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Anonymous has gone old-school with its latest attack, altering a number of U.S. government websites to hide a free game of Asteroids.
The hacktivist collective's initial target was the website of the U.S. Sentencing Commission, which establishes sentencing policies and practices for the federal courts. After the site was reportedly altered Friday, the site's administrators expunged the Asteroids game over the weekend. As of Monday morning, the site's administrators had apparently taken the site -- which Anonymous claimed to still control -- offline.
A statement posted by Anonymous to Reddit said the website defacement was meant as retaliation for the manner in which prosecutors handled the case of Aaron Swartz, who co-created the RSS 1.0 specification and helped establish Reddit. Facing a 35-year jail sentence for downloading millions of documents from the academic journal archive JSTOR, Swartz -- who had long battled depression -- earlier this month committed suicide.
Anonymous said it selected the Sentencing Commission's website for its obvious relevance to Swartz's case. "Two weeks ago today, a line was crossed. Two weeks ago today, Aaron Swartz was killed. Killed because he faced an impossible choice," read the Anonymous statement. "Killed because he was forced into playing a game he could not win -- a twisted and distorted perversion of justice -- a game where the only winning move was not to play."
[ For more on Anonymous's recent exploits, see Anonymous DDoS Attackers In Britain Sentenced. ]
The FBI said it's investigating the website defacements. "We were aware as soon as it happened and are handling it as a criminal investigation," read a statement released by Richard McFeely, executive assistant director of the Criminal, Cyber, Response, and Services Branch of the FBI, reported Bloomberg. "We are always concerned when someone illegally accesses another person's or government agency's network."
If the Sentencing Commission's website was offline, Monday morning the Asteroids game could still be played on the U.S. Probation Office for the Eastern District of Michigan website, after entering a so-called Konami code (a series of arrows and letters). After that, a dialog box pops up, reading, "PEW PEW PEW PEW PEW! End Prosecutorial Overreach!" From there, site visitors are given a spaceship and allowed to shoot lasers -- and later, a smart bomb -- which obliterates the Web page. Anonymous promised prizes for "a small fraction of winners."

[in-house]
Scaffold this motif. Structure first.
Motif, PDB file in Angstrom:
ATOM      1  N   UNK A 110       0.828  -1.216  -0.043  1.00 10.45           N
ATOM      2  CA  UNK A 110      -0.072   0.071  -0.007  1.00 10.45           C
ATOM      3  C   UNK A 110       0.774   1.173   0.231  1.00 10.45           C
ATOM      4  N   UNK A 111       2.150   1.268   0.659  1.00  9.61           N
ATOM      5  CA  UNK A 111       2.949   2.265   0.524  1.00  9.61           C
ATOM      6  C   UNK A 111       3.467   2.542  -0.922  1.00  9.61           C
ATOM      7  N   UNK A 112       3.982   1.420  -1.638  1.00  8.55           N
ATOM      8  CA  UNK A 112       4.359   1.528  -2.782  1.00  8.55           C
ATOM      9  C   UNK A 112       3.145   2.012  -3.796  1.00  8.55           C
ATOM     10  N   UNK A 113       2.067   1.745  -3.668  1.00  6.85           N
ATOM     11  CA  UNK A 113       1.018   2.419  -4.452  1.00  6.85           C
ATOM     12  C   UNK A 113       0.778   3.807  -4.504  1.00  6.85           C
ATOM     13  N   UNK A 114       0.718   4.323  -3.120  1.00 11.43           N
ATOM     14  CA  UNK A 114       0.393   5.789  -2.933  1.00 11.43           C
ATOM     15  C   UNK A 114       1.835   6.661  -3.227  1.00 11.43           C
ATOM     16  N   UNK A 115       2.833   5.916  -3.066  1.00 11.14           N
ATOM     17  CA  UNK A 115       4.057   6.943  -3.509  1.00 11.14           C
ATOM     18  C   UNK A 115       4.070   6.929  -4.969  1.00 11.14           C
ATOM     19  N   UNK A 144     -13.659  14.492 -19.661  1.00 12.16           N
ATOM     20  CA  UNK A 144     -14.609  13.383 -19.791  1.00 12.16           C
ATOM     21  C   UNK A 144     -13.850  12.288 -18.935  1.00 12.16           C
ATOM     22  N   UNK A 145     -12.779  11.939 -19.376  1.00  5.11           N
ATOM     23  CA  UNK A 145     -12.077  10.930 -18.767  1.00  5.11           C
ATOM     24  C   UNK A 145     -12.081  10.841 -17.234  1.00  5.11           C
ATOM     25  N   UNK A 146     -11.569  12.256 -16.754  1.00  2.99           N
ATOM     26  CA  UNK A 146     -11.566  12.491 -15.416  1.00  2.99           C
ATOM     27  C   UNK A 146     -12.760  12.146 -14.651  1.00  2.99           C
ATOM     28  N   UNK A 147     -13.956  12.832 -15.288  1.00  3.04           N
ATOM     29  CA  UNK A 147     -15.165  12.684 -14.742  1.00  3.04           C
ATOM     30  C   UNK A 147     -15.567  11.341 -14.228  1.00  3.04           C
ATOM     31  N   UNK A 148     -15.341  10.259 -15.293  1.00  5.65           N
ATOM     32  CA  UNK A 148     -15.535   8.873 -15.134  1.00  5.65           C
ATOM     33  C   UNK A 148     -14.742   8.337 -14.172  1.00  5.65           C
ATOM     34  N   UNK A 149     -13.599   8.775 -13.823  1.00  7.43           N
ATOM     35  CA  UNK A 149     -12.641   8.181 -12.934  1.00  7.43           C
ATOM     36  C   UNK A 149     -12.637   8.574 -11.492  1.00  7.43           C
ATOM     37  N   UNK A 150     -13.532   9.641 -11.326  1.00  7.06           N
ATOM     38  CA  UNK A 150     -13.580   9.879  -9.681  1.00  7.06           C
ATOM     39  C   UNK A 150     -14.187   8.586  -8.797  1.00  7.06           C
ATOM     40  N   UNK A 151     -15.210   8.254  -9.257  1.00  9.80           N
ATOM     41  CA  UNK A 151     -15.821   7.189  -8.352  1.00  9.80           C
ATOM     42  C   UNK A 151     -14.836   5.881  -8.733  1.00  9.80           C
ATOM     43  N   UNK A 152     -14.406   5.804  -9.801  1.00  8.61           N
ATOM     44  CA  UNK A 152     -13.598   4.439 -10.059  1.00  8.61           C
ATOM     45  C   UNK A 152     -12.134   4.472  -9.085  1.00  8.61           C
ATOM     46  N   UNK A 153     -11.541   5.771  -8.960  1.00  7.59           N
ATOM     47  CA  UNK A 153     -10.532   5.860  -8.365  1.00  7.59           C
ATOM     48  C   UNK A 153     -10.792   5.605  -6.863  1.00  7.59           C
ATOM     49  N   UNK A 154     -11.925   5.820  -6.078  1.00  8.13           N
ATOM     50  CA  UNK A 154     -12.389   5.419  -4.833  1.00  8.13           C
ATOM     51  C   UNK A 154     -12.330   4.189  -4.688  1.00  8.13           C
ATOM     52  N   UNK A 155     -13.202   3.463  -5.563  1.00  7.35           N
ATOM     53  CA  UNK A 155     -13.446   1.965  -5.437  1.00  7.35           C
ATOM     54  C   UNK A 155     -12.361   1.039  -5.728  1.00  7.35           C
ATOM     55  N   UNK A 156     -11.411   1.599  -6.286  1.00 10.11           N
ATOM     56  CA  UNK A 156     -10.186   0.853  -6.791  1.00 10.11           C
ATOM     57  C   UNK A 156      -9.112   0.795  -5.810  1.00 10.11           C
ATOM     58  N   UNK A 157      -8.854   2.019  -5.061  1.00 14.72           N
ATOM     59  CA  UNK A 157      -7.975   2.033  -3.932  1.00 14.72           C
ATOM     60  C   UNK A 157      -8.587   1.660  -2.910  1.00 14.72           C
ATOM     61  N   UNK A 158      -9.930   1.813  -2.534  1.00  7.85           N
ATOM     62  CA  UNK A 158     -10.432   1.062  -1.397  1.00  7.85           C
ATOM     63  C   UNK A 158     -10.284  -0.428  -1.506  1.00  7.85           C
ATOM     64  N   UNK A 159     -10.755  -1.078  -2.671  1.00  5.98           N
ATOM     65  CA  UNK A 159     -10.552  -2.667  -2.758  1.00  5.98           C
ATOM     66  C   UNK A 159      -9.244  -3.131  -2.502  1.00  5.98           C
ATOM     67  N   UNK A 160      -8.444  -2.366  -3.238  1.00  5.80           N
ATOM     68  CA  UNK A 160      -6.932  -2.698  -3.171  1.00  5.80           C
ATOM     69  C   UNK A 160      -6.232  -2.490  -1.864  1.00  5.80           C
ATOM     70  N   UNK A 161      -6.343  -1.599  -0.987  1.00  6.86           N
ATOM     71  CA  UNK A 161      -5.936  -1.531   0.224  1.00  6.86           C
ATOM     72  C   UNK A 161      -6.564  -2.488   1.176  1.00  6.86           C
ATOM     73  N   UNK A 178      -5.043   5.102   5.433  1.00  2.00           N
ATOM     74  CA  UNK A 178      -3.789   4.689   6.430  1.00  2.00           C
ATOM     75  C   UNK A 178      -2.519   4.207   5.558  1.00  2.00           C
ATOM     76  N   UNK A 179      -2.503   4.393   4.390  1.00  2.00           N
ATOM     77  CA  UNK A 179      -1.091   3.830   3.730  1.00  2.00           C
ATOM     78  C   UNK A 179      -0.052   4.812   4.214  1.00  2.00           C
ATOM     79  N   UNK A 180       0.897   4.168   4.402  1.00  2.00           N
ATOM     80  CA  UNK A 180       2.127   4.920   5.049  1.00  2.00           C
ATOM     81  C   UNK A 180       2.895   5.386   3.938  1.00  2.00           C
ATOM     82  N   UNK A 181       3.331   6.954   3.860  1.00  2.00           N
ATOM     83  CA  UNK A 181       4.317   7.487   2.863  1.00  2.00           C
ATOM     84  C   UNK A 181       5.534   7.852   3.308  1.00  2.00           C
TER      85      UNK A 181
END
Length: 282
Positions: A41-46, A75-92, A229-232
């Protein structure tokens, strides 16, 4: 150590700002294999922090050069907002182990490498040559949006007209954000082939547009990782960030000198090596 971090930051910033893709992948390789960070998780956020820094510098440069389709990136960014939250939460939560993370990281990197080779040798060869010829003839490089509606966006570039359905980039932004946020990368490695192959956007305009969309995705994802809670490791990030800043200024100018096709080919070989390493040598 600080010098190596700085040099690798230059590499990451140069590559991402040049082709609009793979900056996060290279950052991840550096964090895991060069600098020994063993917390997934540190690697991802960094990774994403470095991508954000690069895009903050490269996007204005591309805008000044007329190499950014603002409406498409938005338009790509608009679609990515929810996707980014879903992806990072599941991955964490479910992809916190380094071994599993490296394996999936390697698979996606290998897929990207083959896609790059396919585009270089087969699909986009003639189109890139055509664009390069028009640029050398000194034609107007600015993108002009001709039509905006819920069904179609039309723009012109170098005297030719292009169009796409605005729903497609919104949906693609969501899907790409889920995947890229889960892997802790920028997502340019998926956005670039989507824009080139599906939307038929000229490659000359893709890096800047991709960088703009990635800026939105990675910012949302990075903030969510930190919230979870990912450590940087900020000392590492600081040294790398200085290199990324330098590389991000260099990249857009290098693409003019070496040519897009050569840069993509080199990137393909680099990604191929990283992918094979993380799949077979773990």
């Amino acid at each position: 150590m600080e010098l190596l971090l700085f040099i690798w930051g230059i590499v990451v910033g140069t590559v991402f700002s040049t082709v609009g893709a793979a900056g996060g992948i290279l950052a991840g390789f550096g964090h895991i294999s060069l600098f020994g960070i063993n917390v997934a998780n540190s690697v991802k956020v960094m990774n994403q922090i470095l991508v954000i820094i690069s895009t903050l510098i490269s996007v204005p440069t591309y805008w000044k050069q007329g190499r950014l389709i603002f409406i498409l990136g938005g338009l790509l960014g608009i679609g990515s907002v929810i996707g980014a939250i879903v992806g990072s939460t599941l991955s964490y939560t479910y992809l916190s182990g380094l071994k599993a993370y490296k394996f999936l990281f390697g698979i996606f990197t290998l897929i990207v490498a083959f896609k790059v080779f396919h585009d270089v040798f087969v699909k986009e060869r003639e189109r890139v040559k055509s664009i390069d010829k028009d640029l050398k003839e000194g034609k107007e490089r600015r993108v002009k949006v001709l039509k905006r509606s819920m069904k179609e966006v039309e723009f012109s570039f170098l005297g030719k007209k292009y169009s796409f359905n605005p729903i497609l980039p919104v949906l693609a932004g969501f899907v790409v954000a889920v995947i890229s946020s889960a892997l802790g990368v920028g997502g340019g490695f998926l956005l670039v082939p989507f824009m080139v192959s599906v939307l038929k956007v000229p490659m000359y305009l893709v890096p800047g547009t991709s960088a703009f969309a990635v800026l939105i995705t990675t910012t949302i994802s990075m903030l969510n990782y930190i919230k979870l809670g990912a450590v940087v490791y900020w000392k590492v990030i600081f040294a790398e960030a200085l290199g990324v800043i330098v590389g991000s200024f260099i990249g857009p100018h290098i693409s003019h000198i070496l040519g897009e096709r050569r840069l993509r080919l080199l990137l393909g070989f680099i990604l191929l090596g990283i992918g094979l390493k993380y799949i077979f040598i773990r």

The Anonymous website defacement -- for lack of a better word -- was made as part of the group's broader Operation Last Resort, which seeks to reform the Computer Fraud and Abuse Act (CFAA) under which Swartz was charged. "There must be reform of mandatory minimum sentencing ... a return to proportionality of punishment with respect to actual harm caused, and consideration of motive and mens rea." (Mens rea refers to acting with a "guilty mind.")
To add impetus to its request, Anonymous on Saturday promised that the Asteroids game defacements aren't the only card up its sleeve. The group tweeted on Monday, "How about a nice game of chess Mr Government?" According to a statement released by the group, it's infiltrated a number of government websites and databases -- it refused to disclose which ones -- and stolen sensitive information, which it's been distributing in an encrypted file that has been mirrored to numerous websites.
"The contents are various and we won't ruin the speculation by revealing them," said Anonymous. "Suffice it to say, everyone has secrets, and some things are not meant to be public. At a regular interval commencing today, we will choose one media outlet and supply them with heavily redacted partial contents of the file."
Threats aside, Anonymous is far from the only group calling for the CFAA to be revised. Notably, George Washington University professor Orin Kerr, a former Department of Justice computer crime prosecutor, has proposed specific changes to CFAA, including making it harder for minor crimes to be classified as felonies.
Kerr's proposals have been picked up and refined by the Electronic Frontier Foundation (EFF), in what calls "Aaron's Law." The group's suggestions have also been endorsed by Jennifer Granick, the director of civil liberties at the Stanford Center for Internet and Society, who described Kerr's initial efforts as "necessary but not sufficient."
Both the EFF and Granick are pushing for a better definition of "without authorization" in the CFAA, which governs when accessing a network resource or system is, or isn't, illegal. "There should be an exception to CFAA liability when a service is offered for free to the public but implements technological controls on either automation, download rate or access time," said Granick in a blog post. "Certainly evading these limits could be a civil violation, or the service may find a way to ban the offender completely, but it should not be a federal crime."
But will Congress pick up on the proposals and reform CFAA?
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